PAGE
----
WCH CONNECTAugust 4, 2020

Meet Harikrishnan (Hari) Gopalakrishnan Nair

  • August 4, 2020
  • BY WCH Staff

We are Women’s Redeployed offers  the WCH community a chance to get to know each other and  see first-hand how we are working together during the COVID-19 pandemic. Hari giving the peace sign

Name:  Hari Nair 

Title & Department: Physiotherapist, Toronto Academic Pain Medicine Institute (TAPMI

On the WCH team for: Two years

  1. What is your typical role at WCH? 
    My typical role involves working with TAPMI, providing individual consultations and facilitating group exercise/therapy programs for persistent/chronic pain population. One day of my work week is dedicated to the surgical unit where I help the hip and knee surgical patients.
  2. How are you supporting WCH during COVID-19? (e.g. where have you been redeployed?) 
    Currently, I have been redeployed to help at the Kensington Gardens (KG) long-term care facility. I am working as a physiotherapy assistant and I help residents stay active and mobile during COVID-19. Almost all residents in the current unit where I am deployed were isolated to their rooms and lacked the regular physical activity they might otherwise have enjoyed. My role includes, but is not limited to, getting residents to exercise, be more functional as well as provide companionship to those who miss their families and social connection due to the physical distancing measures currently in place. Prior to working at Kensington Gardens I was redeployed to help with the following:

         1. Assisted in active screening and support for the hospital, as well as Epic support personnel at the COVID-19 Assessment Centre.

         2. Redeployed to Occupational Health and Safety division as a PPE trainer and auditor for physicians and nurses at the Family Practice Health Centre

         3. Assisted in setting up a critical care inpatient unit for medicine and essential surgery patients, helping to offload workflow and free up beds from partner sites.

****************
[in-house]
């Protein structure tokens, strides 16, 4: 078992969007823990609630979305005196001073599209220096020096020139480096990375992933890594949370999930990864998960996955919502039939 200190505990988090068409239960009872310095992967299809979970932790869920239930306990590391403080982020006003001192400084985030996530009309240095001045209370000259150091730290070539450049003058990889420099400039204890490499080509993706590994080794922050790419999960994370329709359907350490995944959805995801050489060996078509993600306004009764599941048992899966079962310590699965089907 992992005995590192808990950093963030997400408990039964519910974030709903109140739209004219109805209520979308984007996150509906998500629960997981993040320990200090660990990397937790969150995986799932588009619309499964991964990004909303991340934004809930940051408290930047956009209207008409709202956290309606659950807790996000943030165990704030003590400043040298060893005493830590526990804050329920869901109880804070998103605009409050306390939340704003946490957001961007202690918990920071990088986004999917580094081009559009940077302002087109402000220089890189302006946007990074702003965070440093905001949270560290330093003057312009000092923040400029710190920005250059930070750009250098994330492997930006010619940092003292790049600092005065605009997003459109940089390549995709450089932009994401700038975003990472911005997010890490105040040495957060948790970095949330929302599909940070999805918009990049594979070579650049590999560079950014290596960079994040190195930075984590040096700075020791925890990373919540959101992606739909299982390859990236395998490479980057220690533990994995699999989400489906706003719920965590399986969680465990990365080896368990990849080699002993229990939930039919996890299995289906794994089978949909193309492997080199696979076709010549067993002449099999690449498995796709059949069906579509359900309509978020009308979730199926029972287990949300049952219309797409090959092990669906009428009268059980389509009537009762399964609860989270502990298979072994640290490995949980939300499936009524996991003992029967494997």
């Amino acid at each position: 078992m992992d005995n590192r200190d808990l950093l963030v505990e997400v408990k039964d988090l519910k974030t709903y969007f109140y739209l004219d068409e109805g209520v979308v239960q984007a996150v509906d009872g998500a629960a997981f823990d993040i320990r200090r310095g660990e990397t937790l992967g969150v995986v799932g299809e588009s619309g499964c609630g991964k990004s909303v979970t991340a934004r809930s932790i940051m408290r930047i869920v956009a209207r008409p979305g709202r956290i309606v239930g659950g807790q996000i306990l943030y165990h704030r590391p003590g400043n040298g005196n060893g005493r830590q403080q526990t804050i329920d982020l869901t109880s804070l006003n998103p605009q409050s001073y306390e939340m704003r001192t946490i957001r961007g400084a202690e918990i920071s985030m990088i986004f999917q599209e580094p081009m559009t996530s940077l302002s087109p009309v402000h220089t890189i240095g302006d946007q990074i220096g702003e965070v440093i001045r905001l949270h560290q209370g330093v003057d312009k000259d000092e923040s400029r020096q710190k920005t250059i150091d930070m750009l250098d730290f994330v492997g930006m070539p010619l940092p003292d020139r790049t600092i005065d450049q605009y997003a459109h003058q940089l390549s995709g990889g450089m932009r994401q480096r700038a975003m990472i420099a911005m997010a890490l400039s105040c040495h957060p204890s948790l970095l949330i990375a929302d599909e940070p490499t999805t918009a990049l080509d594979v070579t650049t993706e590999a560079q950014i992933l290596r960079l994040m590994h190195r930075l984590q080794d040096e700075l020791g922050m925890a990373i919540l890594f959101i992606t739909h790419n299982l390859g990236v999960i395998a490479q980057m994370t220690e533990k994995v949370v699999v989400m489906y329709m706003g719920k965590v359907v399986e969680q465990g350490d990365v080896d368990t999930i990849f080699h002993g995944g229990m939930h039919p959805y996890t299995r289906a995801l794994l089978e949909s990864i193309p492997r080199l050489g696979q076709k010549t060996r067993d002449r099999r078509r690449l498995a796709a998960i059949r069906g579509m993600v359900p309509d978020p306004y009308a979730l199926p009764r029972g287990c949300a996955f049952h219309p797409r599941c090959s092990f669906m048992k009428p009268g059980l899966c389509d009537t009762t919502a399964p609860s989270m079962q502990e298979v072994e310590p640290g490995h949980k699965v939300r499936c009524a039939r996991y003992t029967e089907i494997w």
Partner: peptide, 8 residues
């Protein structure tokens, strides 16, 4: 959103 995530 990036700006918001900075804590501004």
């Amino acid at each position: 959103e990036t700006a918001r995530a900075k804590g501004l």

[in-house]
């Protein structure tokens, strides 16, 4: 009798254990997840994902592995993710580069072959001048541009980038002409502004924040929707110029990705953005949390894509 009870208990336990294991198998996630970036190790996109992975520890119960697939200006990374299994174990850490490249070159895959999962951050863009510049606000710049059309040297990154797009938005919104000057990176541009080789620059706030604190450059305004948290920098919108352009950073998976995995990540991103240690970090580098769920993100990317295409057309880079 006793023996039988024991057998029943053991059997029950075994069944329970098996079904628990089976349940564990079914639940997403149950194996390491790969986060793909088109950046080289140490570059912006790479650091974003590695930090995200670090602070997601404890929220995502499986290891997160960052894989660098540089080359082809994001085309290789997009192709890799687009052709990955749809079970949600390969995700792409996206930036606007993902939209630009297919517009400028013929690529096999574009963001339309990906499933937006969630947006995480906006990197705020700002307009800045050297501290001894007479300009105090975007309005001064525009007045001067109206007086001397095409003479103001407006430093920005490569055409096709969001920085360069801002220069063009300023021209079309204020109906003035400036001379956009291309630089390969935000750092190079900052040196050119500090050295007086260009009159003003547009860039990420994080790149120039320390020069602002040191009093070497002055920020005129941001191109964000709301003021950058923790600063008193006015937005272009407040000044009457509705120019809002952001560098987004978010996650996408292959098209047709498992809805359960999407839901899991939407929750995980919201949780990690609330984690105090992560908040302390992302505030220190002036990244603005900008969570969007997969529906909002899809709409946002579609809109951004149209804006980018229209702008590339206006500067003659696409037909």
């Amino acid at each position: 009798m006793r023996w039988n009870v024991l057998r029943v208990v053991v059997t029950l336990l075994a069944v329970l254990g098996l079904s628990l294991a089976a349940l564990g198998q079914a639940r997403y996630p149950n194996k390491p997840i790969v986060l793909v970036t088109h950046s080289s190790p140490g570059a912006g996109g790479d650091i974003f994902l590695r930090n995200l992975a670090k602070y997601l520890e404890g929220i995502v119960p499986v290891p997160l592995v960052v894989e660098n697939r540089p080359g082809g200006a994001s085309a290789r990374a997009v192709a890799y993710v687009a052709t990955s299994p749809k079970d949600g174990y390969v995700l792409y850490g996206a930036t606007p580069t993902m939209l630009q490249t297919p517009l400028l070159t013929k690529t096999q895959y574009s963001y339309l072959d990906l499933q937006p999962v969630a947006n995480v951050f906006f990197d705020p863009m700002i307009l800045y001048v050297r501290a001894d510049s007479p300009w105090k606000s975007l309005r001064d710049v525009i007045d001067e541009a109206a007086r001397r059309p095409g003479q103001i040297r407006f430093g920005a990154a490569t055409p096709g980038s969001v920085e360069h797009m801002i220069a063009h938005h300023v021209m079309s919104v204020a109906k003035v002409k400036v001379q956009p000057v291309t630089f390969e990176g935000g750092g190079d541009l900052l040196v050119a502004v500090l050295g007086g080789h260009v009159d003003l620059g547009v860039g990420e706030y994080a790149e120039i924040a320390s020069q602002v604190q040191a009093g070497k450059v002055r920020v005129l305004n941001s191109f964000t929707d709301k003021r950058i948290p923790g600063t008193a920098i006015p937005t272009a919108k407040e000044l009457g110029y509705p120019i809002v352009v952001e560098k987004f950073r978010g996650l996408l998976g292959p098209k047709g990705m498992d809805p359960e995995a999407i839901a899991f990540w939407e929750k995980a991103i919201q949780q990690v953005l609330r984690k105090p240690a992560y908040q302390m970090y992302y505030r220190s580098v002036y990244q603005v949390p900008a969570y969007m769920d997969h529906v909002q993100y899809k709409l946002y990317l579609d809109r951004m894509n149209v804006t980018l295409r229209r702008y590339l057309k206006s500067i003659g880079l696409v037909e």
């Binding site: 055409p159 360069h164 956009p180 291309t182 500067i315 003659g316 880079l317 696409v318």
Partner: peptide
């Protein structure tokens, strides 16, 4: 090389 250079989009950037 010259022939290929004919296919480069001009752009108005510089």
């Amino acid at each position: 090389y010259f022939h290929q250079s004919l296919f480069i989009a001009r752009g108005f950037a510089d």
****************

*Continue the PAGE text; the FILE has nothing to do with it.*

4. Assisted with developing content for virtual care model at home unit TAPMI.

        5. Created and delivered  Open Space – an interprofessional self- reflection and skill           development program for PT/OT group

  1. Are there any positive moments or interactions that have stood out to you during this challenging time? 
    Meeting new people and making new friends at the hospital and Kensington Gardens that otherwise may not have happened are big positives during these challenging times. The grit and resilience that I have witnessed at all levels, from senior management and peers, is uplifting. 

    As part of my current redeployment, I get to interact with residents and staff at KG, who joyfully welcomed us into their homes. It is a fulfilling experience to witness true heroics as a routine at KG. It is heartwarming to hear the residents' stories, especially when they recount how challenging the past couple of months has been and how our mere presence makes a tremendous difference to their overall wellness.  

    Through these difficult times, there are moments when I questioned myself what’s the whole point in striving against this crisis situation (what difference can one person make?). Yesterday, a family member of a resident (who is volunteering as a unit aide), commented that WCH has been a fantastic partner and the support we provide at KG has made all the difference between life or death in terms of quality of life. This made me realize, yet again, as healthcare providers, the purpose behind our existence of why we do what we do.  

    And to contribute, even in a tiny way to this larger cause, is a most humbling experience.  

    I am thankful for this experience and look forward to the rest of the days when the sun will shine and together we shall stand stronger and more united than ever before, as an organization and as humanity at large.  

What the residents of Kensington Gardens taught us

By Hari Nair 

 

The following words are, in essence, a takeaway from the whole experience at Kensington Gardens and try to sum up the transformational experience.

 

They were frail of body but not of spirit

They were forgetful of names but not of wit

They made us laugh and smile 

Through our masks and veil.

 

We learnt to talk less and more often listen

Through words said and unsaid.

Their stories made our eyes moist and glisten

With their sheer wisdom from full lives lived.

 

They taught us that a covered face can still shine

And to smile through our eyes.

 

We were reminded that we die but once  

So we don’t have to; everyday.

We saw that loss of memory is not so heavy a burden

Lest the memories be but of regrets and angst.

 

They taught us we come alone and we leave alone,

Time in between is transient.

We realized that born mortal-

Pain is inevitable but suffering is optional.

 

We witnessed miracles

And it was routine.

We saw heroics 

And it was standard practice.

We went in to help

And walked away immensely helped.

Blessed are we that we choose to serve humanity, 

When humanity would rather be served.

 

This moment is etched in history 

Not for this one person’s rhetoric;

But for the collective consciousness 

That created this moment. 

 

Irrespective of what the future holds, 

We continue to stand as one

Eyes up and our heads high

For a job well done

 

Thank you, everyone. 

 

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